I read Mr. Brad Bobb’s article on October 26 about TSP costs with interest. I would like to raise a few important points that I think FedSmith readers should also consider when making investment decisions for their retirement.
Two key factors for investors are the rate of return and the fees paid for that investment. The attached spreadsheet compares the investment returns that Mr. Bobb referred to.
Mr. Bobb has sometimes compared the TSP fund to a fund that tracks a different benchmark. For example, the Schwab SCHX tracks the total return of the Dow Jones US Large-Cap Total Stock Market Index which tracks 750 stocks. Fund C follows the S&P 500. In these cases, I put n / a because comparing the returns of 2 different indices is meaningless.
As you can see, when compared to comparable funds, the TSP returns are better almost every time.
Of course, yield comparisons alone don’t tell the whole story. It is essential that investors understand that non-TSP fund returns do not include other fees and expenses. TSP returns include all fees and expenses; others do not, and such fees and expenses can decrease or eliminate returns.
In addition to mentioning some funds that track different indices, Mr. Bobb doesn’t always compare apples to apples with the type of funds. This also produces a misleading comparison. In several cases, he compares TSP index funds with Exchange Traded Funds (ETFs). With ETFs, you pay a bid-ask spread on every transaction. It depends on the fund, but for Vanguard’s VOO, for example, the spread is on average 0.01%. It can be much higher if you buy / sell on a day of high volatility. This cost must be added to the expense ratio for that fund.
There may also be a premium / discount on the net asset value (NAV – the value per share of a mutual fund). The Vanguard BND had a small premium when we looked, which means you would be paying more than the NAV at the time of purchase. The Schwab SCHF had a hefty discount (0.70%) at the time of checking, which means a participant gets less than expected when you sell. These rewards / discounts change over time and depend on the market: if more people want to sell, the discounts go up and if more people want to buy, the rewards go up.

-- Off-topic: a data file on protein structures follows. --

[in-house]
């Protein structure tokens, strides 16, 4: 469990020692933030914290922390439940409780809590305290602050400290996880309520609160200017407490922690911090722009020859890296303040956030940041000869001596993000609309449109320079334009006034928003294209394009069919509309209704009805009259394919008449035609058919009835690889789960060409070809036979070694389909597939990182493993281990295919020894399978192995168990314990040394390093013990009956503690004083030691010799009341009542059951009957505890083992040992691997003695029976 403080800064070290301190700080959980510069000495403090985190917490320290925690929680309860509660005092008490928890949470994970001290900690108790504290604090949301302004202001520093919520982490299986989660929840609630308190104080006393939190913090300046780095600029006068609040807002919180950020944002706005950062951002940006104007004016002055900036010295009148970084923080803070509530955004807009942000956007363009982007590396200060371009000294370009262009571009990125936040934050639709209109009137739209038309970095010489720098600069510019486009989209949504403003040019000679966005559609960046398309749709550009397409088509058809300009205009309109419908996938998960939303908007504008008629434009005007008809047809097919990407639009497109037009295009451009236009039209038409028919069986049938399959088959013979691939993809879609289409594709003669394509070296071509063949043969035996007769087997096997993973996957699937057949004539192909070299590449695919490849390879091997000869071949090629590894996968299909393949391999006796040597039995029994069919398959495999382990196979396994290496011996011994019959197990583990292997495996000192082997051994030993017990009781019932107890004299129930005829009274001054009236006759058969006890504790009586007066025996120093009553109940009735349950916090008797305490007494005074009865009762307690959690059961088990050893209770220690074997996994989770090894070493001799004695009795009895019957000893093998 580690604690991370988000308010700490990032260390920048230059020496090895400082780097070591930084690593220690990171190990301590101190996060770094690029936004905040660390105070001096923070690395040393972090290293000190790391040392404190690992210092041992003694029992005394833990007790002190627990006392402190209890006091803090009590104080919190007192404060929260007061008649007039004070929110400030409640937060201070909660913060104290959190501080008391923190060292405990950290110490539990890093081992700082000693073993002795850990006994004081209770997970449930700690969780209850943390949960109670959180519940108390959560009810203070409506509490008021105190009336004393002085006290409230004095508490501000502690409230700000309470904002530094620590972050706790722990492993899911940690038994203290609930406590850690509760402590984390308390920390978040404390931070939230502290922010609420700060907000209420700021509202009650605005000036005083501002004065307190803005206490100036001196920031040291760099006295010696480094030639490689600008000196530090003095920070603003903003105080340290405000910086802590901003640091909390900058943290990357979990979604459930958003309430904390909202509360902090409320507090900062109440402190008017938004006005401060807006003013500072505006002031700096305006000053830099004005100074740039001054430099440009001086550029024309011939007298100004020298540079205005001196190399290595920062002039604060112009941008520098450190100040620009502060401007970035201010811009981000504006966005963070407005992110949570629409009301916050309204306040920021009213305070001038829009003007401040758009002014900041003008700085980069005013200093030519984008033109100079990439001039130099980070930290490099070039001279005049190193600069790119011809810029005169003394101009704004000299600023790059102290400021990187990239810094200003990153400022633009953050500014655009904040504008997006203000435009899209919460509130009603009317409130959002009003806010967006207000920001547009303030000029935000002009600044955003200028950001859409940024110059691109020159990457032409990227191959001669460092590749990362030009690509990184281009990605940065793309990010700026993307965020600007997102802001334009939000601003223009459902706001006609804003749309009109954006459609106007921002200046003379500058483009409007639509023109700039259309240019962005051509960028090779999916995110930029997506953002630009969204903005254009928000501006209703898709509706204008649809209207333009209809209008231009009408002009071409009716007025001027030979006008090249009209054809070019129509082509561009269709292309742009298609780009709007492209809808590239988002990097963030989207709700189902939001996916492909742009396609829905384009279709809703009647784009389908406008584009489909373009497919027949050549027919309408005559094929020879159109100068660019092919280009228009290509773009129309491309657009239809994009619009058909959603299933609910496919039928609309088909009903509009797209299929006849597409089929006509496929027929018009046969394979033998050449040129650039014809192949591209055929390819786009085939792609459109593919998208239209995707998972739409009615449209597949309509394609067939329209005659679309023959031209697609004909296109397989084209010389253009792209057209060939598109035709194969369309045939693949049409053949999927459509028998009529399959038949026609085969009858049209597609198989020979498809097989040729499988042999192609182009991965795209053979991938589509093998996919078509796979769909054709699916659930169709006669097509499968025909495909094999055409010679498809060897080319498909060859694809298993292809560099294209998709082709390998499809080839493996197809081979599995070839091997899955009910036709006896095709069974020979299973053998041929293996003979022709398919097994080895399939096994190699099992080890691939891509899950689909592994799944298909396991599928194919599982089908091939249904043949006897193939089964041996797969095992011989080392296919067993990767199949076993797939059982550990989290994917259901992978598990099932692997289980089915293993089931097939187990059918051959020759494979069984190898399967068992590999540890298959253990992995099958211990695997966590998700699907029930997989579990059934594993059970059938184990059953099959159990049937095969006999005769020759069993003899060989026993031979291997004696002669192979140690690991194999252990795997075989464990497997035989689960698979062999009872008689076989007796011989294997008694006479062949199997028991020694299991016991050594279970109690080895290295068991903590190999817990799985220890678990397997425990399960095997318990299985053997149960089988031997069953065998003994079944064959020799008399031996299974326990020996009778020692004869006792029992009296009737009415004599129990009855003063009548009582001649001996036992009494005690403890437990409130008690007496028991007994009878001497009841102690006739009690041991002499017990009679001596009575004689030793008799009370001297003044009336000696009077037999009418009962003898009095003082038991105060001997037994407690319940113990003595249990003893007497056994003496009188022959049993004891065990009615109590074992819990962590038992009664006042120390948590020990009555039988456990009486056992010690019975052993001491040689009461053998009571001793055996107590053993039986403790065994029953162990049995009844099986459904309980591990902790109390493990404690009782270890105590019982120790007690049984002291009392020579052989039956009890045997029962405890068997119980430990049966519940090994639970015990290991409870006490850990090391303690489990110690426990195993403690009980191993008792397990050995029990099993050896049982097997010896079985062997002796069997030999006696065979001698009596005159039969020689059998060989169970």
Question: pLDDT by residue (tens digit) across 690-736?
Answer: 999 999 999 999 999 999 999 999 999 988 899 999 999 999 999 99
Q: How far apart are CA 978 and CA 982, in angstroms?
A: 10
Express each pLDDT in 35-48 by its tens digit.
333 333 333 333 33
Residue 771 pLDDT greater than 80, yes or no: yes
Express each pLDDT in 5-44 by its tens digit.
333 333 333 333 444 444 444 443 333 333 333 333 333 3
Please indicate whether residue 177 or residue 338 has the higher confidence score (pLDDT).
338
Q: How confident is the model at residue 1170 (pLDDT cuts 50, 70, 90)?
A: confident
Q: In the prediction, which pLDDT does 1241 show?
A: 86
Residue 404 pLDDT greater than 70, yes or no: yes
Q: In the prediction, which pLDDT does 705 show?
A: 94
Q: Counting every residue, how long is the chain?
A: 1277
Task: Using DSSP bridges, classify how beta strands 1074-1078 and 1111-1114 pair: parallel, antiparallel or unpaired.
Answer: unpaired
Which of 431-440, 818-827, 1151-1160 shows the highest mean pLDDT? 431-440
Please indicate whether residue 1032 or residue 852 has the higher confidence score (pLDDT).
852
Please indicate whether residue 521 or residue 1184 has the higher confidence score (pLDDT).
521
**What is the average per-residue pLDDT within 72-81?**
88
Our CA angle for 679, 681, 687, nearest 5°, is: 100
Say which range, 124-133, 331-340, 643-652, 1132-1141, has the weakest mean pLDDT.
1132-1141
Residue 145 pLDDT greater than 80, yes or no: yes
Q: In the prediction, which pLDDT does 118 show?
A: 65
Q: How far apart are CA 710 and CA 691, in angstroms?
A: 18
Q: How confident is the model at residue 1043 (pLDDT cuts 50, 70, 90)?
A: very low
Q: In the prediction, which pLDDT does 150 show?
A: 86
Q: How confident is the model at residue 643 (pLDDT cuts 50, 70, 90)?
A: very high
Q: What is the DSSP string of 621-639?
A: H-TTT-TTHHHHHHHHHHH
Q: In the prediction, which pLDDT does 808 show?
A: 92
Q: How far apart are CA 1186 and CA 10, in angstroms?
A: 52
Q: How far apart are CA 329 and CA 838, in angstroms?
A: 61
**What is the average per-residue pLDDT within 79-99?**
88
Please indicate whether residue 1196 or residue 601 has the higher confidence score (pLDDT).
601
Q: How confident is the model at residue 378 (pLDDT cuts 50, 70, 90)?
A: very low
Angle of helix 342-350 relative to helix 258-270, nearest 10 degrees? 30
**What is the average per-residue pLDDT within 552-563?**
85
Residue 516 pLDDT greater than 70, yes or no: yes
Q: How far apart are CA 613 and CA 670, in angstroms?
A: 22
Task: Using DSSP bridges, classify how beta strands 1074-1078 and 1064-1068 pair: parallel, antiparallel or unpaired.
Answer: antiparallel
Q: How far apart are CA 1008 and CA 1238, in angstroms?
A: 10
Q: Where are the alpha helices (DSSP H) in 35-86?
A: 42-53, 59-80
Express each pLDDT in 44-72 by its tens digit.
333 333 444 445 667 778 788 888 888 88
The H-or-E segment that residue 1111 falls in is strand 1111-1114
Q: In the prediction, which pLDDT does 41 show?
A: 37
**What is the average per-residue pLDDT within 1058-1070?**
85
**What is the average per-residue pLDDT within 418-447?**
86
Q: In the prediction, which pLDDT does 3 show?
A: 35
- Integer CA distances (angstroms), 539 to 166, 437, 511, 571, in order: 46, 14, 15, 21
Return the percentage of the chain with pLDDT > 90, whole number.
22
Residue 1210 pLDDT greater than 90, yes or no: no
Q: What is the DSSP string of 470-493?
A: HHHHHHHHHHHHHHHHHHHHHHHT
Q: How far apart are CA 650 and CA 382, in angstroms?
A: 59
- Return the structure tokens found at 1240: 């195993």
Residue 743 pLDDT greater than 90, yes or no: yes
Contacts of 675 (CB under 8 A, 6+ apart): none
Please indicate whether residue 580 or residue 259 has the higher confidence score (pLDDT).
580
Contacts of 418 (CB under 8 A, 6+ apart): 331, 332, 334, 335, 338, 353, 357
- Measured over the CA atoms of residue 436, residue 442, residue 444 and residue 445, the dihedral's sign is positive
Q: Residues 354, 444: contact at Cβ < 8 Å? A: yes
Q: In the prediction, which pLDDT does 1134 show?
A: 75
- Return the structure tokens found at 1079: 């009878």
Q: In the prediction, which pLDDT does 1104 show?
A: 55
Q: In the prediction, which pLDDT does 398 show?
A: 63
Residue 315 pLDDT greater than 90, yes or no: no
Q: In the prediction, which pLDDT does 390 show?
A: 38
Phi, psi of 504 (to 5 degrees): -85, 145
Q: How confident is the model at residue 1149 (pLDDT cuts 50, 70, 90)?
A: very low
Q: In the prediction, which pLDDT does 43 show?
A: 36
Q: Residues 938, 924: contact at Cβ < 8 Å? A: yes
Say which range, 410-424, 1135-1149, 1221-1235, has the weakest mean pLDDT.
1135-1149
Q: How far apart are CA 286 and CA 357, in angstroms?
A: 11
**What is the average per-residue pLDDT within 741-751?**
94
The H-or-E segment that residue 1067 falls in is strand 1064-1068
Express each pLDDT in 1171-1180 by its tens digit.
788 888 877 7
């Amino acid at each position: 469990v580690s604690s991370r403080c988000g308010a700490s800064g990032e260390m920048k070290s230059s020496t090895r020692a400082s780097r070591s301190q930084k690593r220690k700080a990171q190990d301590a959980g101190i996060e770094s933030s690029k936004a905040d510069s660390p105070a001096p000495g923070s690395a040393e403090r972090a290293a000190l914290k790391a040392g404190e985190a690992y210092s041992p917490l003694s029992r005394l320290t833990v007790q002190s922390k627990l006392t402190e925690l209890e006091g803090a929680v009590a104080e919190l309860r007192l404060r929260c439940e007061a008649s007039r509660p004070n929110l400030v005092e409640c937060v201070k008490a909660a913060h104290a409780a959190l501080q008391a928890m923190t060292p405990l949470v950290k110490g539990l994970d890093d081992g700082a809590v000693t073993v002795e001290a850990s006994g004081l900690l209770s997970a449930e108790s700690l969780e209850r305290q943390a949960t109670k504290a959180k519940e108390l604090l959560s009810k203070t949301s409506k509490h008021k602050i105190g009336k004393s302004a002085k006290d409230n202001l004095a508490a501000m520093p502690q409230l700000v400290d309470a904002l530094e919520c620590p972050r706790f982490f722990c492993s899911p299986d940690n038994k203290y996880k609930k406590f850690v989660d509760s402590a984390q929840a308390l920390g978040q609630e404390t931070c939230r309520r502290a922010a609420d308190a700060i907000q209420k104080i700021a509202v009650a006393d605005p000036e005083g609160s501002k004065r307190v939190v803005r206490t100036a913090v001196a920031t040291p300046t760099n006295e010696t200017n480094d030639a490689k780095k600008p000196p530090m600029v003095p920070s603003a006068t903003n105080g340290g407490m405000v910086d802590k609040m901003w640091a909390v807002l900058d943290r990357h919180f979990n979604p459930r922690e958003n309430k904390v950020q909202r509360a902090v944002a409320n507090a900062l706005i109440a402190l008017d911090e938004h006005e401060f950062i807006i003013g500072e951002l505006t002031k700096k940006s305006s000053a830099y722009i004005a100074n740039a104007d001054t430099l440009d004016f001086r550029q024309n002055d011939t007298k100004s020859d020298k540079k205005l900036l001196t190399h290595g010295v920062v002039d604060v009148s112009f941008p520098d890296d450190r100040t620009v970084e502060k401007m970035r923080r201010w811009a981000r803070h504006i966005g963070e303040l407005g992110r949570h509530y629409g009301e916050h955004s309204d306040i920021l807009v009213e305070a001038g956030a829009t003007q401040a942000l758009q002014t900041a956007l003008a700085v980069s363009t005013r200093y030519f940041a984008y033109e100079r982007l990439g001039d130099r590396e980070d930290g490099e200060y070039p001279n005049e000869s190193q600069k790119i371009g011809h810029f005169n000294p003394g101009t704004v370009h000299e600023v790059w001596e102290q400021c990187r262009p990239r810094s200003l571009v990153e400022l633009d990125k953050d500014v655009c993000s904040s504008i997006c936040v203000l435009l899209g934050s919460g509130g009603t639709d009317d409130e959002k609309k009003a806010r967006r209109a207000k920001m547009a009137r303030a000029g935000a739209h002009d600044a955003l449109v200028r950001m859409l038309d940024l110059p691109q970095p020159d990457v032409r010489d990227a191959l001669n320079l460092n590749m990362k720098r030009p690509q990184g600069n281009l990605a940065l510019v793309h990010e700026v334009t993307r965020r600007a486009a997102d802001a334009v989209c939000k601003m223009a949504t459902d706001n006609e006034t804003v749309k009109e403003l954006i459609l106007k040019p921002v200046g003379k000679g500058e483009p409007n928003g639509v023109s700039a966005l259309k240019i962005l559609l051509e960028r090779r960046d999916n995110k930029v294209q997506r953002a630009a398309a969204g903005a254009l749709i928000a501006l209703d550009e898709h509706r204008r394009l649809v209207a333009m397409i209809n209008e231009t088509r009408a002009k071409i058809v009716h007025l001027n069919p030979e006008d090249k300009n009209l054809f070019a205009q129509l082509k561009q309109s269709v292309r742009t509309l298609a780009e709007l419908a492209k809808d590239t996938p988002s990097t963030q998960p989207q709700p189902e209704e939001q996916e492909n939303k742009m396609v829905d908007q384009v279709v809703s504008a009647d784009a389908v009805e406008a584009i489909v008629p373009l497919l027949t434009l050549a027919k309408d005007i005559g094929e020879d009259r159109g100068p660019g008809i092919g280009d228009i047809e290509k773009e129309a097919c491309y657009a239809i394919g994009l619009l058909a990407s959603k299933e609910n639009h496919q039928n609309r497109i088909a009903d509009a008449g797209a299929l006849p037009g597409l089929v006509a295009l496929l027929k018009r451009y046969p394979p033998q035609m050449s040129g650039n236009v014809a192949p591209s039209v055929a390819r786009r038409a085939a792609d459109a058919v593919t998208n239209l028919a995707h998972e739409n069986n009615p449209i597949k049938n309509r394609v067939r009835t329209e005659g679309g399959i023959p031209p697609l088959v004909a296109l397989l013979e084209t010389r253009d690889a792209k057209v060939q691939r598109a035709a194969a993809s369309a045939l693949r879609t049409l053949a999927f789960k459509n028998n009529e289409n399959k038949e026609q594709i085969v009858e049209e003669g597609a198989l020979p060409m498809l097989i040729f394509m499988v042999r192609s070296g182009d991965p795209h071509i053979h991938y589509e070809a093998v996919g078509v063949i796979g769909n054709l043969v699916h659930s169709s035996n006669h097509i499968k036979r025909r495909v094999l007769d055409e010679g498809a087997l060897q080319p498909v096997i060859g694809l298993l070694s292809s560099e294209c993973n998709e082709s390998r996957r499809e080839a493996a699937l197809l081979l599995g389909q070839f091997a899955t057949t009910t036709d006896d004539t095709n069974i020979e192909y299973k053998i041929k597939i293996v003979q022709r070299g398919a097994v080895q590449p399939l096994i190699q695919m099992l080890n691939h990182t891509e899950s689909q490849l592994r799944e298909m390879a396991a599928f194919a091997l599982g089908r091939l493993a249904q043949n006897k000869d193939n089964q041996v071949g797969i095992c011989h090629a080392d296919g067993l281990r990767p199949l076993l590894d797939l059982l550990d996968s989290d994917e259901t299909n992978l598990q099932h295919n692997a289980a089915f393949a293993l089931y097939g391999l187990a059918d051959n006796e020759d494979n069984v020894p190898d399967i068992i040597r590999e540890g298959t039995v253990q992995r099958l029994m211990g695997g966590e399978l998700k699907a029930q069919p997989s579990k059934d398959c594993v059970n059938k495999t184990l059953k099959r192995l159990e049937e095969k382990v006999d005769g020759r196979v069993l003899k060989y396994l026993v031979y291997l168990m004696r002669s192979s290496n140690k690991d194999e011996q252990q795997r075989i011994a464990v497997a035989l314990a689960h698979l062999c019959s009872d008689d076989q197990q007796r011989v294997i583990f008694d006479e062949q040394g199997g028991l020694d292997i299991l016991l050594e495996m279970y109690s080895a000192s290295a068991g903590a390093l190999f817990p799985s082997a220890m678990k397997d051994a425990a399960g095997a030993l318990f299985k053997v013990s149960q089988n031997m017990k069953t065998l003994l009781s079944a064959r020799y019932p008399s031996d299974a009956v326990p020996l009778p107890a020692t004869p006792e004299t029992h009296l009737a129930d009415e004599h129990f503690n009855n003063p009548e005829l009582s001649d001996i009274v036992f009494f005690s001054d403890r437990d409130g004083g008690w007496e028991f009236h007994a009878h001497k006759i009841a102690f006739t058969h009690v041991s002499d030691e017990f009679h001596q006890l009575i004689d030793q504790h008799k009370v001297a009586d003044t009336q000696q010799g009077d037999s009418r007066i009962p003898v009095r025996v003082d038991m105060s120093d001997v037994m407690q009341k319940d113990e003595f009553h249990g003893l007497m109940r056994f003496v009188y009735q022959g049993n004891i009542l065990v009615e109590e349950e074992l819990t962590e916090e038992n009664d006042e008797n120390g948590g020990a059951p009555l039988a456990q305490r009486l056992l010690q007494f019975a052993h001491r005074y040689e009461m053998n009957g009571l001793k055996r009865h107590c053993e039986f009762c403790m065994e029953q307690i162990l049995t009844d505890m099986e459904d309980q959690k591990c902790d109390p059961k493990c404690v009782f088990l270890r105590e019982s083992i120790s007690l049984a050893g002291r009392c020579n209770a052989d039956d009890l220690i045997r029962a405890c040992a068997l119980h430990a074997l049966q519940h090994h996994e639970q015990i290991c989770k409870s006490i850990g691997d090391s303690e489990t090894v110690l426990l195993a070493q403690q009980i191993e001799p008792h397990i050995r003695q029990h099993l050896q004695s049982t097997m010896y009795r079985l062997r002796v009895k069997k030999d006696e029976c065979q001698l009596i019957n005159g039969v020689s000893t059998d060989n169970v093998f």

In addition to these costs, ETFs can have transaction fees depending on where an investor is trading.
If we look at index mutual funds, rather than ETFs, a different set of costs may apply. For example, the VOO ETF is also available as an Admiral share class (index mutual fund) at 0.04%, which is more expensive than the one quoted by Bobb. For any Vanguard share class, an investor pays $ 20 per year for each fund unless you have a total of $ 1,000,000 invested with Vanguard. On a $ 10,000 account, $ 20 per year is another 0.2%, which is significantly greater than the 0.043% TSP.
As noted, most fund families have funds with a range of spending ratios. Typically, “main funds” such as those listed are loss leaders. The family of funds is priced in the expectation that once a client buys an inexpensive basic fund, that client will also buy more expensive funds.
The TSP has no hidden costs. Fund C costs 0.043% if you have $ 1,000 or $ 10,000 or $ 100,000. This means that the returns on the spreadsheet are the actual returns seen by TSP participants, while the returns of the other Funds Mr. Bobb selected may or may not be the true return on an investment.
Kim Weaver is the Director of Foreign Affairs at the Federal Retirement Thrift Investment Board (FRTIB), the agency that manages the operation of the Thrift Savings Plan (TSP).
© 2022 Kim Tessitore. All rights reserved. This article may not be reproduced without Kim Weaver’s express written consent.